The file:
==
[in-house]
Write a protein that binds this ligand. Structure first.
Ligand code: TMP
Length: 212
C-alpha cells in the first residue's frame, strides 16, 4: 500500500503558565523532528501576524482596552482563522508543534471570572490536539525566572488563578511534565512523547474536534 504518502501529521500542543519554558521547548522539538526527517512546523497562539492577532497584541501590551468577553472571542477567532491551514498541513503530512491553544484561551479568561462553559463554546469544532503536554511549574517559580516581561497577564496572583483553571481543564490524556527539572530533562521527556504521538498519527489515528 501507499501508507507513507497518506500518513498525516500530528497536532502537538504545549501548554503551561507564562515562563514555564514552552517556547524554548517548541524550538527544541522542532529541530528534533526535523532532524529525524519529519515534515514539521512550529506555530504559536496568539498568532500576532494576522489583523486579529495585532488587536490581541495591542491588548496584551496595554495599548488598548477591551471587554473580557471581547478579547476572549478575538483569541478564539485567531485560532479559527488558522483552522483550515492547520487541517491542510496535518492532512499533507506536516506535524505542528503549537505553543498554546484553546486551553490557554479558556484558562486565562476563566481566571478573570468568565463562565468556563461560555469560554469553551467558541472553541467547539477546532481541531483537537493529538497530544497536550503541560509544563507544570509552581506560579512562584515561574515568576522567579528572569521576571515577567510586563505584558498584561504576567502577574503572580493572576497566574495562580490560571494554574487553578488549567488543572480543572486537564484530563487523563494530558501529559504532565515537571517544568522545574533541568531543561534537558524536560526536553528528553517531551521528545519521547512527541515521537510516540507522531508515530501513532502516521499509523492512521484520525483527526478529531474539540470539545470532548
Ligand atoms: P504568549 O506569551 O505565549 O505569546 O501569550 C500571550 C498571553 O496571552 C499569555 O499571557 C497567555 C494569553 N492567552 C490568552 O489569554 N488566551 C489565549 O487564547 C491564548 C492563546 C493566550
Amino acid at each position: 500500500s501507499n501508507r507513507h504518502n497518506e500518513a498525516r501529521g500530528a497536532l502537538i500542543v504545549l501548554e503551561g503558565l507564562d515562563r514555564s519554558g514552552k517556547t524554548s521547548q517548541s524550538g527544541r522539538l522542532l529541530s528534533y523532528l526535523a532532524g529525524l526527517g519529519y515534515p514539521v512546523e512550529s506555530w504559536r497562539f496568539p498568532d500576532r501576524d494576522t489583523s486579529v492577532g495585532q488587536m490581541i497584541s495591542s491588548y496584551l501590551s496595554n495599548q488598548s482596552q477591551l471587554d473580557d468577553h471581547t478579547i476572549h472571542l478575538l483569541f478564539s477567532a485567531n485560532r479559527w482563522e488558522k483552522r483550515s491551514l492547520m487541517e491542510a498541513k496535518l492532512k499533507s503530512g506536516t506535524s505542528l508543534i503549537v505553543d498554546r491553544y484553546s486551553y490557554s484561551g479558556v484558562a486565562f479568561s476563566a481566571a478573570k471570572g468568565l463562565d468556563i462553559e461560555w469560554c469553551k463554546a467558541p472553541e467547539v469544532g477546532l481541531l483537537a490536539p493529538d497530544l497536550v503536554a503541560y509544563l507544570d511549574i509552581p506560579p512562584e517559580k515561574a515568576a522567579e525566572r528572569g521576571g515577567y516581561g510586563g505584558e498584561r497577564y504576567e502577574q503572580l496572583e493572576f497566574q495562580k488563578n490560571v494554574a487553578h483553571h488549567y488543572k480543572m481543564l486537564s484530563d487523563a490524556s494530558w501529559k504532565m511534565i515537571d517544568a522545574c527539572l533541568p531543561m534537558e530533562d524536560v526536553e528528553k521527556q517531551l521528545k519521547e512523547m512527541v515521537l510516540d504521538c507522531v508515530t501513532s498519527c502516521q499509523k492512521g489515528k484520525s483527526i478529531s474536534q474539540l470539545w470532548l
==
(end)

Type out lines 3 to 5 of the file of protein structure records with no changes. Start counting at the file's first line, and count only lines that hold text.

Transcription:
Ligand code: TMP
Length: 212
C-alpha cells in the first residue's frame, strides 16, 4: 500500500503558565523532528501576524482596552482563522508543534471570572490536539525566572488563578511534565512523547474536534 504518502501529521500542543519554558521547548522539538526527517512546523497562539492577532497584541501590551468577553472571542477567532491551514498541513503530512491553544484561551479568561462553559463554546469544532503536554511549574517559580516581561497577564496572583483553571481543564490524556527539572530533562521527556504521538498519527489515528 501507499501508507507513507497518506500518513498525516500530528497536532502537538504545549501548554503551561507564562515562563514555564514552552517556547524554548517548541524550538527544541522542532529541530528534533526535523532532524529525524519529519515534515514539521512550529506555530504559536496568539498568532500576532494576522489583523486579529495585532488587536490581541495591542491588548496584551496595554495599548488598548477591551471587554473580557471581547478579547476572549478575538483569541478564539485567531485560532479559527488558522483552522483550515492547520487541517491542510496535518492532512499533507506536516506535524505542528503549537505553543498554546484553546486551553490557554479558556484558562486565562476563566481566571478573570468568565463562565468556563461560555469560554469553551467558541472553541467547539477546532481541531483537537493529538497530544497536550503541560509544563507544570509552581506560579512562584515561574515568576522567579528572569521576571515577567510586563505584558498584561504576567502577574503572580493572576497566574495562580490560571494554574487553578488549567488543572480543572486537564484530563487523563494530558501529559504532565515537571517544568522545574533541568531543561534537558524536560526536553528528553517531551521528545519521547512527541515521537510516540507522531508515530501513532502516521499509523492512521484520525483527526478529531474539540470539545470532548